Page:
Economics, Literature and Scepticism

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I am a PhD student in Economics. I am originally from South Africa and plan to return there after my PhD. I completed my M. Comm in Economics and my MA In Creative Writing (Poetry) at the University of Cape Town, where I worked as a lecturer before starting my PhD.

Friday, July 17, 2009

Randomized Controlled Trials in the Social Sciences

Posted by Simon Halliday | Friday, July 17, 2009 | Category: , , |

There's a debate going on about Randomized Control Trials (RCTs) in Economics.  Kicked off by Bill Easterly (in response to recent 'academic' debates in journals about the same topic between Angus Deaton and others).  Take a look at Bill Easterly's blog post, and his (requested) comments by Chris Blattman. 

Three points are relevant in my view:
1) RCTs need to be replicated, and such replications must be published.  This requires that economists and social scientists generally address the institutional inertia about publishing replications.  Top level journals need to start publishing 'replication' issues, or have a 'replications' section devoted entirely to verification of previous empirical results. This might be a pipe dream, but I think it is necessary for us to maintain the 'science' in social science. Esther Duflo (pictured above) favours something like this. 
2) RCTs are not widely generalizable.  They are often local, they are tailored to specific conditions, and the results that economists obtain might be culturally contingent.  Hence, an RCT in one area might work because it does not contravene a group's or culture's moral sentiments, whereas in another area a group might have different values and respond differently to the same incentives.  Obviously the Haifa Daycare centre is the most famous example of this, but there are many others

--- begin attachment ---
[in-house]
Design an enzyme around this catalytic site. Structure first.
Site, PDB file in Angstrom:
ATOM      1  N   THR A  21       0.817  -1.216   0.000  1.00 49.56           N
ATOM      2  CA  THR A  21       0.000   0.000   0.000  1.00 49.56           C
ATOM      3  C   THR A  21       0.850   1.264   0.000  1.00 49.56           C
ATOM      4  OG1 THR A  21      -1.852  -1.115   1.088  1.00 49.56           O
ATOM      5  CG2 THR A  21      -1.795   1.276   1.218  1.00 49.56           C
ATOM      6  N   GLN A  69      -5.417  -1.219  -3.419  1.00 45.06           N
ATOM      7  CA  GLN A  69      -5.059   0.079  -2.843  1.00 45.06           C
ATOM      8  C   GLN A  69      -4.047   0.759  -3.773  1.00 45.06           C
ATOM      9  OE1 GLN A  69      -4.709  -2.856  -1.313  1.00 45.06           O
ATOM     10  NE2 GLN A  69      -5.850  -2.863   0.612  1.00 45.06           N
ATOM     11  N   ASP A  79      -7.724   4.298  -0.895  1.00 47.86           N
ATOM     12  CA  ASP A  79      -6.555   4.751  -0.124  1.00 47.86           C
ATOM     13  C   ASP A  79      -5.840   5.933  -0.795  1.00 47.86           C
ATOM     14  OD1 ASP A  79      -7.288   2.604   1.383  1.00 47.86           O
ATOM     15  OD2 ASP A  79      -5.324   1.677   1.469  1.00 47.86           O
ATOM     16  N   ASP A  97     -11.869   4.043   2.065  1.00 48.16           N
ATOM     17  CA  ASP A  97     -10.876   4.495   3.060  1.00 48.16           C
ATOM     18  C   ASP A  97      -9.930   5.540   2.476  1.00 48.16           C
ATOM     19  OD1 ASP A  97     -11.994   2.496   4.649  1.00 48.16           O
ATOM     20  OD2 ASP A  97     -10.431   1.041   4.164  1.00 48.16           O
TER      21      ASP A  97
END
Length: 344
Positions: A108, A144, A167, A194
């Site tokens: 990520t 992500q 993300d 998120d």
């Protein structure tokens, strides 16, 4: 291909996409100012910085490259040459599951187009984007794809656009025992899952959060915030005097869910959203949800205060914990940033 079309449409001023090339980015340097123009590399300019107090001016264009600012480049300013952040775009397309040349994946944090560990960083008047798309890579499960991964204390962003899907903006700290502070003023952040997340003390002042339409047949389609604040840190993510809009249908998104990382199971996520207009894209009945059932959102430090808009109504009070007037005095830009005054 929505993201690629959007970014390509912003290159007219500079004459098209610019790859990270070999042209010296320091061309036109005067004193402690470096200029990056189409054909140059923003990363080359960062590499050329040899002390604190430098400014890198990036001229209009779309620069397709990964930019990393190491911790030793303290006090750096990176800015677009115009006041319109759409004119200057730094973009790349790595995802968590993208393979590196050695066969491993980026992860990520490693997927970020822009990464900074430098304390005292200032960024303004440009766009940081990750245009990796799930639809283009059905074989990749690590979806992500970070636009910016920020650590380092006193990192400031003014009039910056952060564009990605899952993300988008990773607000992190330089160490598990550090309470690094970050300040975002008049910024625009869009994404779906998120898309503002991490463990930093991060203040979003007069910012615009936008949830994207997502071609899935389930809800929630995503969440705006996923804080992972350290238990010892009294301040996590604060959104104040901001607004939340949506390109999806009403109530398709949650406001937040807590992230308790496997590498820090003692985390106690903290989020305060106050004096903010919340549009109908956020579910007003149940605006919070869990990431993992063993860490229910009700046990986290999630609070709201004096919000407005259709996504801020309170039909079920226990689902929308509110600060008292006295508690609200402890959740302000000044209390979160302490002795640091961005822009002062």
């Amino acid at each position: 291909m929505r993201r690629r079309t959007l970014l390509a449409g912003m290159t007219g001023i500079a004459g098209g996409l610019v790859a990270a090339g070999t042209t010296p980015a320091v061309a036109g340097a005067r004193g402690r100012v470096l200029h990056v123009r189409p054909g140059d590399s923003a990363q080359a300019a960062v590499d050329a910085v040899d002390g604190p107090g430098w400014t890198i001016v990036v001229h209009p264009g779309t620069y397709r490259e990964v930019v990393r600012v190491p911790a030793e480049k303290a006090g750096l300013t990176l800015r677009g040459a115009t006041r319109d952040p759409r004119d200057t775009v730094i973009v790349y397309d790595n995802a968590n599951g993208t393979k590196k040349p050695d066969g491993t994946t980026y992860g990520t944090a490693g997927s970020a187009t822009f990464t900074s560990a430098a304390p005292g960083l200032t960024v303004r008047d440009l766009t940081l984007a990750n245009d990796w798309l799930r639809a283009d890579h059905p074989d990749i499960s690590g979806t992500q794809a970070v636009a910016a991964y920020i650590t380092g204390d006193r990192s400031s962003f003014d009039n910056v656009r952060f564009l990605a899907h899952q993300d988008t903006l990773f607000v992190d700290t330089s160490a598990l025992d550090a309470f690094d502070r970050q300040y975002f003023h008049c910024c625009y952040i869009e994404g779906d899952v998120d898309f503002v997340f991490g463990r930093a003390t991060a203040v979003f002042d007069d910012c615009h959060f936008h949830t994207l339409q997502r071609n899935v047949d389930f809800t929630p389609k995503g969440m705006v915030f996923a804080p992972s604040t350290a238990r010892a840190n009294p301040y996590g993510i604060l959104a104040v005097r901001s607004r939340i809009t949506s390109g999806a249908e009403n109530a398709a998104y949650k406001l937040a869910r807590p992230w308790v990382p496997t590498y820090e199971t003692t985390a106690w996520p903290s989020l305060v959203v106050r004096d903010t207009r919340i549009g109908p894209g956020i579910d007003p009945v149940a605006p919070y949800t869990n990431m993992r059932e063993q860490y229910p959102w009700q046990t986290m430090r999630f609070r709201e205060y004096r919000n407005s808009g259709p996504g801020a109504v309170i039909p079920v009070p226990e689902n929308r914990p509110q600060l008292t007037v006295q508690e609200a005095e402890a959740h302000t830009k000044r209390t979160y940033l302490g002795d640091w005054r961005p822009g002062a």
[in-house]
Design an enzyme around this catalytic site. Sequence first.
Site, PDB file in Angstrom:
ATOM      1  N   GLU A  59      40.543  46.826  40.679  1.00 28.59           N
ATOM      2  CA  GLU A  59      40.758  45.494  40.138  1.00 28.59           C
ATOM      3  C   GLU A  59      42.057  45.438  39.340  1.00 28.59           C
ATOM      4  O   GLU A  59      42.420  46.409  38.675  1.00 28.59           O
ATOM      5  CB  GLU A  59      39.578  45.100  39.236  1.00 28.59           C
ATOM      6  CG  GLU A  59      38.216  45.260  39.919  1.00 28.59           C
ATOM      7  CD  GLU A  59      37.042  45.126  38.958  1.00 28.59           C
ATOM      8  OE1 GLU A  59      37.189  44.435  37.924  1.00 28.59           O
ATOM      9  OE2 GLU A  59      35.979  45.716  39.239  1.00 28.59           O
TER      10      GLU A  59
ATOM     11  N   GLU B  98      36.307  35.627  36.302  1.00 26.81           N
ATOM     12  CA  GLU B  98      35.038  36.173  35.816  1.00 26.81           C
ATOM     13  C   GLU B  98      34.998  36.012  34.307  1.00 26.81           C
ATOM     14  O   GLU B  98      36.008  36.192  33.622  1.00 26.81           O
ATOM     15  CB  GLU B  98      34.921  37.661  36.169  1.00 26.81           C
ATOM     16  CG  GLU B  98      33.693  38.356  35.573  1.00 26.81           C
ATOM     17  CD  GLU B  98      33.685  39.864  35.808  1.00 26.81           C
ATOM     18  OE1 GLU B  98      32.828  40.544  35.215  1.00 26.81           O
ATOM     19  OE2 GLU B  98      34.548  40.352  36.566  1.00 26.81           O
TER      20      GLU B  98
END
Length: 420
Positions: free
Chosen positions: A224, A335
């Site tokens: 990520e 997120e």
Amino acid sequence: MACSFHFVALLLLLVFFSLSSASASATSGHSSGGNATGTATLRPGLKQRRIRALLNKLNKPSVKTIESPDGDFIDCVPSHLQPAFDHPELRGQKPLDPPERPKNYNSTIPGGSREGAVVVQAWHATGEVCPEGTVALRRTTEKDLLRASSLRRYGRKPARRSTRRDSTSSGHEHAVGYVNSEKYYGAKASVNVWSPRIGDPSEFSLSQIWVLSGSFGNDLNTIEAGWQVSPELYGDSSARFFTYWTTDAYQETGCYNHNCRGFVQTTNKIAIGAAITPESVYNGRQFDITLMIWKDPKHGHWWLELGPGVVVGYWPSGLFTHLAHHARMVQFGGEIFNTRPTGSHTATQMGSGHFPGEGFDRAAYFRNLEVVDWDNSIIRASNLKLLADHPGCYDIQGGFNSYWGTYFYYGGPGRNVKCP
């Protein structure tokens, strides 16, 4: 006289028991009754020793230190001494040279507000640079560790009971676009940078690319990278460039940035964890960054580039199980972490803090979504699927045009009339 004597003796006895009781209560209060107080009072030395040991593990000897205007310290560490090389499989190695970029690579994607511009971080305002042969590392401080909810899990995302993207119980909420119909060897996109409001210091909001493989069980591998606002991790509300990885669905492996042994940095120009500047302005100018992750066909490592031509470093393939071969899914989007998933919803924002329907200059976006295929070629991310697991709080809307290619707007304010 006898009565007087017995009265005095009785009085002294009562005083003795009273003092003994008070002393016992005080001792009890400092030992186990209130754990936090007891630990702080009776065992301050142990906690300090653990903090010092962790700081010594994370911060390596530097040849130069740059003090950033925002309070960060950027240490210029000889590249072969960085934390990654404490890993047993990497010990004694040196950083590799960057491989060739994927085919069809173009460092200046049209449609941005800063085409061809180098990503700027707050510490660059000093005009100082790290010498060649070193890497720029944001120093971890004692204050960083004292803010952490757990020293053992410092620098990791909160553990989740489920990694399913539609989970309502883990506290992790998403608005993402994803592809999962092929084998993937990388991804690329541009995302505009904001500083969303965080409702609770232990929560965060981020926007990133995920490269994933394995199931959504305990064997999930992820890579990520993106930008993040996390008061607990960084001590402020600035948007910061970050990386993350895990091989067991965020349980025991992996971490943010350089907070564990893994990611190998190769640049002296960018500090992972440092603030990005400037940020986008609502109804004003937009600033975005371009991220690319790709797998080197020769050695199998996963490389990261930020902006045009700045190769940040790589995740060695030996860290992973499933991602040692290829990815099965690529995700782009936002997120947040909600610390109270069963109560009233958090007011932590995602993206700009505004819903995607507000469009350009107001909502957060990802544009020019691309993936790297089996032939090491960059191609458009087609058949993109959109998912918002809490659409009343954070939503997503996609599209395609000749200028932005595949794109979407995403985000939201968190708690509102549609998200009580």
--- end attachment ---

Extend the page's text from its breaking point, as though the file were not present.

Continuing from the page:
3) People who talk about the 'ethics' of allocating an RCT seem to miss the boat.  I am with Blattman entirely on this one: if people can see that allocation of a 'treatment' is transparent and uncorruptible then they will believe that it is ethical.  Drawing numbers/names out of hats, or some equivalent public and transparent randomizing mechanism covers this.  But the ethics of dealing within RCTs is crucial, i.e., understanding that they are subjects of a social science experiment, but that does not mean you can treat them as chess pieces, they are people and we require their informed consent (John List has controversial views on this topic).  Hopefully, sensitive social scientists who engage in such work will adhere to such a dictum.

Hopefully my two cents can help to propagate an informed view of RCTs to those who read this blog.

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